“My greatest challenge right now is ensuring that I will have enough officers to meet the need,” Miller said in a response to a question by Coun. Erin Hemmens. “At this time I am fully staffed and can meet all operational requirements. In the event my officers are exposed to COVID-19, I could, realistically lose a whole watch and that would require me to move resources and redeploy and reapply, so my biggest challenge right now is to ensure my officers stay safe and have the support they need to help the community.”

Training has been suspended until at least Sept. 15 and all leave in the RCMP has been cancelled by the commissioner of the RCMP until July 1.

READ ALSO: Thieves taking advantage of empty streets, say Nanaimo RCMP

LaBerge said bylaws officers have not been asked by the province to help enforce coronavirus control measures, such as ensuring social distancing.

“We have had some clarity by the area health officer … on matters such as with these health orders on mass gatherings and what these implications would be to areas, such as outdoor trails, stairs or seawalls and they’re of the opinion that it would be more problematic to try to curtail or prevent the public from using these spaces and just to try to self-govern proper protocols of social-distancing as circumstances warrant,” LaBerge said.



photos@nanaimobulletin.com
Like us on
Facebook and follow us on Twitter

Coronavirus

Get local stories you won't find anywhere else right to your inbox.
Sign up here

Just Posted

Walk for Alzheimer’s will physically distance online this year

Nanaimo invited to take part in fundraiser for Alzheimer Society of B.C.

LETTERS TO THE EDITOR: Community policing office’s closure will impact safety in the area

Strong police and bylaw presence needed in neighbourhood, say letter writers

Stolen gargoyle returns to its perch in south Nanaimo

Petey, a concrete gargoyle statue, was returned by police after City of Nanaimo crew found it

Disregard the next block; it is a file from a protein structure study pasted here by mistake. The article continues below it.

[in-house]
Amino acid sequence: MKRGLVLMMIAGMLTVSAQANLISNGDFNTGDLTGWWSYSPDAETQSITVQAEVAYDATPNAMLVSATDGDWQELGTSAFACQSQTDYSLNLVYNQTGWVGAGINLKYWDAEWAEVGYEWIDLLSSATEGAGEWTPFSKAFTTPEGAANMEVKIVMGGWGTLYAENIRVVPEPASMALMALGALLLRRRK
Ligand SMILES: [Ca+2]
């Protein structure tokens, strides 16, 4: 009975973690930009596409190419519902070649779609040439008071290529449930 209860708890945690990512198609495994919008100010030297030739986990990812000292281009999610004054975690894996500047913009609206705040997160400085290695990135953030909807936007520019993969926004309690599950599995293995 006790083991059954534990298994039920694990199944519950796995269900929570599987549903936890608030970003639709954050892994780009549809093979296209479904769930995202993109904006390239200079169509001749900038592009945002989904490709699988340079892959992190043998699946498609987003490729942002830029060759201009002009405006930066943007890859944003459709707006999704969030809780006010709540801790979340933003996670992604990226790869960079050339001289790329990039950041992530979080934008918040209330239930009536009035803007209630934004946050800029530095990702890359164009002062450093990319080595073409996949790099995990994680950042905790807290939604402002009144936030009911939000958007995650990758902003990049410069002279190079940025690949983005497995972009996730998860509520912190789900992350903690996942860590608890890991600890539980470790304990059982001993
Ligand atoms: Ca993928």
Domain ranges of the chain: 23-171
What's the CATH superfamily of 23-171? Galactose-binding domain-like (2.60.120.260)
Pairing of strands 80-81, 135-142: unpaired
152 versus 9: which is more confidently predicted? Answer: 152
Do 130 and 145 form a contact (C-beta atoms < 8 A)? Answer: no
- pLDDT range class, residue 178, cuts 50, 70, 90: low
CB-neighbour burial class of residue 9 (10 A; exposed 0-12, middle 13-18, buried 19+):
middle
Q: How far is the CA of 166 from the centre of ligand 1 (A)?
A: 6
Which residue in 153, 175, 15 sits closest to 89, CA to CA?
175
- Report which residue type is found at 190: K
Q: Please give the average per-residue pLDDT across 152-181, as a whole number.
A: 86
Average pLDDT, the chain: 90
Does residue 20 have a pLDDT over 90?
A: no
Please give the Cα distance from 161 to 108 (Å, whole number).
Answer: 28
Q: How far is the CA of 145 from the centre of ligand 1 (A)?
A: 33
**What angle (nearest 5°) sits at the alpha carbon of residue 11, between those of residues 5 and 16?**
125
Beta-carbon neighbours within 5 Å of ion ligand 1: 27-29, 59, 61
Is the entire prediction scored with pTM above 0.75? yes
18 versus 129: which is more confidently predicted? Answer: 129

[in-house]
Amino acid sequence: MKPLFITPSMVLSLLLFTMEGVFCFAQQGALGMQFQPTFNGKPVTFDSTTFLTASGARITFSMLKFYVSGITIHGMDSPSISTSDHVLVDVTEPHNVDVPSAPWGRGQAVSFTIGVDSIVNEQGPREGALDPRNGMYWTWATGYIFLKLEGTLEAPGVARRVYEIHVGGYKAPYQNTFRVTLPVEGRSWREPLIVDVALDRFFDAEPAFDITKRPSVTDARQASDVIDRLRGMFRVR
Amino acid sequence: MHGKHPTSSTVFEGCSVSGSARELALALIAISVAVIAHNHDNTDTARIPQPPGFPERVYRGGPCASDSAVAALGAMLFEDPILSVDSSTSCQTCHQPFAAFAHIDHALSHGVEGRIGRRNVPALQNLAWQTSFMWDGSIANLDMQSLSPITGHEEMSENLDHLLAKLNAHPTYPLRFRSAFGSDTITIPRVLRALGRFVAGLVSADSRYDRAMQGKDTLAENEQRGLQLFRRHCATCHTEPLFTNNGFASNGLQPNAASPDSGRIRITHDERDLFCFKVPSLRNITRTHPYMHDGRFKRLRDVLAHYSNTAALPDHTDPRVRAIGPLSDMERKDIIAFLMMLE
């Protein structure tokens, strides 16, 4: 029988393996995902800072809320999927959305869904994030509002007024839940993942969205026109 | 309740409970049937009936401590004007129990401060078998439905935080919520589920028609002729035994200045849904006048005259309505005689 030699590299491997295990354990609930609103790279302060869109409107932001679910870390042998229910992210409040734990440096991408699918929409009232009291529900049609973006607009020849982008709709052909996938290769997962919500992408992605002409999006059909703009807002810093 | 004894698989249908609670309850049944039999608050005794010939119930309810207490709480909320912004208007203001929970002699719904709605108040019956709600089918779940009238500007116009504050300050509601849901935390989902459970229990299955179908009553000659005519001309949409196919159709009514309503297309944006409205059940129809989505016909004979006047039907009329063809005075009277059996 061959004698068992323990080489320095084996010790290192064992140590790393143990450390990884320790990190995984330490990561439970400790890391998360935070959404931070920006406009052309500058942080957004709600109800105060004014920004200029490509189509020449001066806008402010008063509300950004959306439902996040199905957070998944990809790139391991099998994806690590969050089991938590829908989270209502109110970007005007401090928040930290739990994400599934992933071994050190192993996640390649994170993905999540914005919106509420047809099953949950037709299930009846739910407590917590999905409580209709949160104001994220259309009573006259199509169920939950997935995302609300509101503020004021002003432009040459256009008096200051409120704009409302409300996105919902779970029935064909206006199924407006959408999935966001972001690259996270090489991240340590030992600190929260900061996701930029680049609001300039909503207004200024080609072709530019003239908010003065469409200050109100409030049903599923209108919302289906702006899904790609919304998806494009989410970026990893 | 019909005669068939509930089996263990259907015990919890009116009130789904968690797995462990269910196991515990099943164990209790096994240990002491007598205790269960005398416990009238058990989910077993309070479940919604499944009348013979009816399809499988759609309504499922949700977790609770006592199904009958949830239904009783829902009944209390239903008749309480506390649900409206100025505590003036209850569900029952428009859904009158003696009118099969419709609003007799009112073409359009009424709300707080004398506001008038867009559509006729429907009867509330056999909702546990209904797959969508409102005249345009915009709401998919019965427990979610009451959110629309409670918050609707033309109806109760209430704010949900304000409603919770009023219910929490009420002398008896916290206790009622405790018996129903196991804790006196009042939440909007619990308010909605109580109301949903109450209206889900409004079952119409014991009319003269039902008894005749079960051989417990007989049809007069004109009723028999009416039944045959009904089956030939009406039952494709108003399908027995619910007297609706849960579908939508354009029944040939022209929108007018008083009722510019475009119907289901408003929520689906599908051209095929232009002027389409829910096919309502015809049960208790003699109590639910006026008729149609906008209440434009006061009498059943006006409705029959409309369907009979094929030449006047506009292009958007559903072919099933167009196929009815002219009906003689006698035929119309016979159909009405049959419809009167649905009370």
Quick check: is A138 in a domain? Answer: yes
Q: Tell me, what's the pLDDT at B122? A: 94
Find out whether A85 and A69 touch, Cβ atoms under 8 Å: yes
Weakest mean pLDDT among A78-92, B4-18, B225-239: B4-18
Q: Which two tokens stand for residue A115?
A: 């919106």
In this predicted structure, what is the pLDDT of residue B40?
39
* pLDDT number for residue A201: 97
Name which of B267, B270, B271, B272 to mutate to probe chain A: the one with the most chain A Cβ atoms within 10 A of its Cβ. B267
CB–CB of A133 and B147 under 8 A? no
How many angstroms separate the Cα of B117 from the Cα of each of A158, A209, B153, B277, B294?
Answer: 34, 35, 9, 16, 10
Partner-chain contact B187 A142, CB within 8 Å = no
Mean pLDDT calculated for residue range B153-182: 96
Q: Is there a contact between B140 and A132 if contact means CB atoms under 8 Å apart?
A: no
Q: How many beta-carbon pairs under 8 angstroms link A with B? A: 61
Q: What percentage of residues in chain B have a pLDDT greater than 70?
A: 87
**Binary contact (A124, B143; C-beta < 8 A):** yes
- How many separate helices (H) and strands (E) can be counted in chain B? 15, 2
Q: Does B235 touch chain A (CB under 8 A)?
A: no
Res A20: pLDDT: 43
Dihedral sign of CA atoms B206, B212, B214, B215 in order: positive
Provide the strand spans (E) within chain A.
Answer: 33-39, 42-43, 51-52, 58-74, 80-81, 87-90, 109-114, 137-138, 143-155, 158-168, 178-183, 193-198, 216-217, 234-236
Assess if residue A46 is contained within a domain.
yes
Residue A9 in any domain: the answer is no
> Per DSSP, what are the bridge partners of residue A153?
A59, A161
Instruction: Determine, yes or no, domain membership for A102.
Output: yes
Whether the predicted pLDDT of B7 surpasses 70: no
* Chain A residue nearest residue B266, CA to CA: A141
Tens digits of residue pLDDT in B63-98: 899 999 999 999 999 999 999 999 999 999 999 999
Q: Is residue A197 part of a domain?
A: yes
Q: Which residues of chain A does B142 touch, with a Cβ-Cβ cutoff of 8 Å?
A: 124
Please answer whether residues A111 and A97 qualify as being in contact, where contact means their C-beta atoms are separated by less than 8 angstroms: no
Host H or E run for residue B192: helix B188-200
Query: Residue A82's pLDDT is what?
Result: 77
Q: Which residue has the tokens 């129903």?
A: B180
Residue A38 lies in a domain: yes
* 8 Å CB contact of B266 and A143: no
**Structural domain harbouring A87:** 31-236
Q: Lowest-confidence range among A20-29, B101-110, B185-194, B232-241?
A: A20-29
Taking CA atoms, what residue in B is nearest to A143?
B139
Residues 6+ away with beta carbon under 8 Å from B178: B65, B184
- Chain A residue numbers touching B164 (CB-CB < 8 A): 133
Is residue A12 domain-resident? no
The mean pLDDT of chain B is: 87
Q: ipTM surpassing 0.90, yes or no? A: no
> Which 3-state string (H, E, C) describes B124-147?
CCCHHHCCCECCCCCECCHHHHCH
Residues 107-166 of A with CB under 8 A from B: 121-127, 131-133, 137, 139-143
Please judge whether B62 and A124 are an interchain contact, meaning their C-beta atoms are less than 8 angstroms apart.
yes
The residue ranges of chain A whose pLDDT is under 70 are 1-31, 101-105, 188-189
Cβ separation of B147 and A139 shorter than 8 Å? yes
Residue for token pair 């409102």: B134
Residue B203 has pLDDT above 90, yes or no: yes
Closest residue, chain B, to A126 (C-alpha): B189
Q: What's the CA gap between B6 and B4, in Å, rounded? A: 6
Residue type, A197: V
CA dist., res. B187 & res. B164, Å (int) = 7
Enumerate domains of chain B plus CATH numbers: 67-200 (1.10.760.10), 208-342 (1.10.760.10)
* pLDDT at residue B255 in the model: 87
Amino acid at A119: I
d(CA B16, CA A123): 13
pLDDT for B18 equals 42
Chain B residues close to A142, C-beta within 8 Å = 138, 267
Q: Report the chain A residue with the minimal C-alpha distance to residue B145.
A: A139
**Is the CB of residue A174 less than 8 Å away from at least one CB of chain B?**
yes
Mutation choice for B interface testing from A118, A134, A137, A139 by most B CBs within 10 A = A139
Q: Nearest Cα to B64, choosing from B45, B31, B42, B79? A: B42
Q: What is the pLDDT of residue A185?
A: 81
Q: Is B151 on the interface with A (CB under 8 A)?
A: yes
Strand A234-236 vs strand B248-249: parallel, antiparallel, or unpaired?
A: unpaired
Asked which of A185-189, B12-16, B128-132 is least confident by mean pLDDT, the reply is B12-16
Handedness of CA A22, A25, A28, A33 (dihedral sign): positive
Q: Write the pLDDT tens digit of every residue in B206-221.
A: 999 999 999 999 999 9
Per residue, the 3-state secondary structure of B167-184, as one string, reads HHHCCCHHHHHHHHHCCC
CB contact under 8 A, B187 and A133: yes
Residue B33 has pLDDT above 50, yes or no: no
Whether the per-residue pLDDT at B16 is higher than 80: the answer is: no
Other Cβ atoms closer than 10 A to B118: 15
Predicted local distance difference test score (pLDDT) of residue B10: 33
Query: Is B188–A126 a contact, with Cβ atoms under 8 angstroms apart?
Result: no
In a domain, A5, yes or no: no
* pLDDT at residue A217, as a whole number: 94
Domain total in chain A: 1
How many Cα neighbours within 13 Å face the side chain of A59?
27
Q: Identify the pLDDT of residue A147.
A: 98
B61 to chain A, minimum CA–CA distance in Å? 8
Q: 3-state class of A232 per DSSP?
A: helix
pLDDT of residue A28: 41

RDN Transit to see rollout of 15 new HandyDart buses

Buses will have temporary protective barriers installed to prevent spread of COVID-19

RDN says water in French Creek still potable despite levels of iron, manganese

Strategy to improve water quality being established

Mission prison COVID-19 outbreak ends, 9 new cases in B.C.

New positive test at Port Coquitlam care home

Beefs & Bouquets, May 27

To submit a beef or a bouquet to the Nanaimo News Bulletin, e-mail editor@nanaimobulletin.com

Man who bound, murdered Vancouver Island teen still a risk to public: parole board

Kimberly Proctor’s killer is still ‘mismanaging emotions,’ has had ‘temper tantrums’

VIDEO: Humpback whales put on quite a show

The ‘playful’ pod lingered by a Campbell River tour operator’s boat for quite some time

Facing changes together: Your community, your journalists

The COVID-19 pandemic has changed the world in ways that would have… Continue reading

Getting hitched at historic B.C. gold rush town still on table during COVID-19 pandemic

Micro-weddings, online visits, offered at Barkerville Historic Town and Park

Revelstoke woman finds welcoming letter on her Alberta-registered truck

There have been multiple reports online of vandalism to vehicles with Alberta licence plates

Spirit bear possibly spotted in West Kootenay

A local resident spotted the white-coloured bear while on an evening trail run near Castlegar on May 27

B.C. businesses ‘can’t shoulder burden’ of COVID-19 sick pay

Trudeau’s plan should be tied to federal emergency aid

Most Read